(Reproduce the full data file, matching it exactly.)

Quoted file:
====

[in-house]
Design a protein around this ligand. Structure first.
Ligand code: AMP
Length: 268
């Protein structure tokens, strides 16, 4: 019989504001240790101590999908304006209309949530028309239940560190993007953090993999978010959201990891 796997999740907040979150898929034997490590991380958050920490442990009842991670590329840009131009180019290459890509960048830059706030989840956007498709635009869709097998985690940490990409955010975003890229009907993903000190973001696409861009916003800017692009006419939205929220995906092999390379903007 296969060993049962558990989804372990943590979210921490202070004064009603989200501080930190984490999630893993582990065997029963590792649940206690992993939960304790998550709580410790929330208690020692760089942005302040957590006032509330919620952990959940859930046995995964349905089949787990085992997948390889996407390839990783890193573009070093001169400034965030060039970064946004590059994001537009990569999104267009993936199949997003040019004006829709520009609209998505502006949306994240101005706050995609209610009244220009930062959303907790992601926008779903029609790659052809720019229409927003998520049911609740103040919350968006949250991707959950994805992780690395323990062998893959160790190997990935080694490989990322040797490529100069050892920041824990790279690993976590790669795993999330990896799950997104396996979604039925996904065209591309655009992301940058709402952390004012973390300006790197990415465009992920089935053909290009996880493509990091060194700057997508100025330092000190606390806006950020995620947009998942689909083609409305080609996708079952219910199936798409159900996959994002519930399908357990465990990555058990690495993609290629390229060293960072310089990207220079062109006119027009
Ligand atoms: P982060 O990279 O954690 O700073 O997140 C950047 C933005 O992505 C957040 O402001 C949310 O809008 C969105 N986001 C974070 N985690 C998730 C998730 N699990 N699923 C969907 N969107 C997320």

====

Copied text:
[in-house]
Design a protein around this ligand. Structure first.
Ligand code: AMP
Length: 268
């Protein structure tokens, strides 16, 4: 019989504001240790101590999908304006209309949530028309239940560190993007953090993999978010959201990891 796997999740907040979150898929034997490590991380958050920490442990009842991670590329840009131009180019290459890509960048830059706030989840956007498709635009869709097998985690940490990409955010975003890229009907993903000190973001696409861009916003800017692009006419939205929220995906092999390379903007 296969060993049962558990989804372990943590979210921490202070004064009603989200501080930190984490999630893993582990065997029963590792649940206690992993939960304790998550709580410790929330208690020692760089942005302040957590006032509330919620952990959940859930046995995964349905089949787990085992997948390889996407390839990783890193573009070093001169400034965030060039970064946004590059994001537009990569999104267009993936199949997003040019004006829709520009609209998505502006949306994240101005706050995609209610009244220009930062959303907790992601926008779903029609790659052809720019229409927003998520049911609740103040919350968006949250991707959950994805992780690395323990062998893959160790190997990935080694490989990322040797490529100069050892920041824990790279690993976590790669795993999330990896799950997104396996979604039925996904065209591309655009992301940058709402952390004012973390300006790197990415465009992920089935053909290009996880493509990091060194700057997508100025330092000190606390806006950020995620947009998942689909083609409305080609996708079952219910199936798409159900996959994002519930399908357990465990990555058990690495993609290629390229060293960072310089990207220079062109006119027009
Ligand atoms: P982060 O990279 O954690 O700073 O997140 C950047 C933005 O992505 C957040 O402001 C949310 O809008 C969105 N986001 C974070 N985690 C998730 C998730 N699990 N699923 C969907 N969107 C997320």